The house before dana was a mess. Don’t take me wrong: physically, it was clean and shiny. The floors had been scraped so hard you could almost see your own reflection. The furniture had been moved to create more room. New beautiful tableware replaced everyday plates and cups. The mood, though, was somewhere on the crossroads of a big Christmas party and the most important exam in one’s life. I felt exited and cheerful, but at the same time, anxious, stressed out, and a little too eager for all of it to end.
If this was my range of emotions, then my parents-in-law who were throwing the dana – I am not sure what you do with dana, let’s assume you throw it like a party – must have been on the verge of exploding.
But let’s rewind a few months back, to the time I was planning a trip to my husband’s homeland of Sri Lanka. That’s when, during a Skype conversation with his parents, the word dana came up for the first time. My parents-in-law had built a new house and were planning to gather the whole family for pirith and dana, two traditional Buddhist ceremonies.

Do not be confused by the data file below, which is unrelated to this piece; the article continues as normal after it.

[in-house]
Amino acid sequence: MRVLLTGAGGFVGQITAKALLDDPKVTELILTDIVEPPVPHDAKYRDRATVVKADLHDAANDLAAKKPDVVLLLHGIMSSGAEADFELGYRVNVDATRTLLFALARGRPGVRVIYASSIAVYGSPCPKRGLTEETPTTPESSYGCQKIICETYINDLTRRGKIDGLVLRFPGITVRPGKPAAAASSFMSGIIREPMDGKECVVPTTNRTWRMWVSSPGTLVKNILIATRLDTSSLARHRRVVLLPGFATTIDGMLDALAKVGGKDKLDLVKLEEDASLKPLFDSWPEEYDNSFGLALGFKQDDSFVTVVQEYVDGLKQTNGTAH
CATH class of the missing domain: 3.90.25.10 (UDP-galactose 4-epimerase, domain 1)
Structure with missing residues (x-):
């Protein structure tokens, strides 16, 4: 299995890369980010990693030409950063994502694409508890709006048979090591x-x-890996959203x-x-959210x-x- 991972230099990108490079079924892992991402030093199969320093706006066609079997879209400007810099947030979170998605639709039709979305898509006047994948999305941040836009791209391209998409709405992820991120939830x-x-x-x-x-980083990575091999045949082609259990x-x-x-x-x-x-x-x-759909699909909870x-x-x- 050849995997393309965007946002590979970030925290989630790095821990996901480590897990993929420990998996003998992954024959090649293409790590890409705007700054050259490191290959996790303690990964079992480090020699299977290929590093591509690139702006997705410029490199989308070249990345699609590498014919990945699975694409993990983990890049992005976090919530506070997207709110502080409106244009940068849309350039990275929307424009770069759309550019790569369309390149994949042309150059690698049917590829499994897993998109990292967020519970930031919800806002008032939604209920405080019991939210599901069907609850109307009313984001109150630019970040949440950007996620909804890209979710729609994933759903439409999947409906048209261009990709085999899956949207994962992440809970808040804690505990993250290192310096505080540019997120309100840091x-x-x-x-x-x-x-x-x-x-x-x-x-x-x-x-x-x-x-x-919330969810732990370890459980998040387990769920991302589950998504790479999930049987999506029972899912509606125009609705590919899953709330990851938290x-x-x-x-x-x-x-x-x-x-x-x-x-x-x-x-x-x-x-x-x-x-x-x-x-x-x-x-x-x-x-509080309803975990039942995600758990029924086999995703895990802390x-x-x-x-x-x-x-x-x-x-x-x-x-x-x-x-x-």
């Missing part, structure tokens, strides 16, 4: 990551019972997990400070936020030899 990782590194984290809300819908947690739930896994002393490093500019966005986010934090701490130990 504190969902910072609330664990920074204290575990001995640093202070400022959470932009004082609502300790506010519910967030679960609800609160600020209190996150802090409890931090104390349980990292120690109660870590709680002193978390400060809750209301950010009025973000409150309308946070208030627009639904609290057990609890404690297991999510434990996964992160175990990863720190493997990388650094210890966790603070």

Having lived in Sri Lanka for three years, I wasn’t surprised that such a life-changing event as moving into a new house would be followed by traditional ceremonies. After all, I had witnessed boiling milk in the middle of the night during New Year celebrations and breaking a coconut at my own wedding. Monks coming to a new house to give their blessings was expected.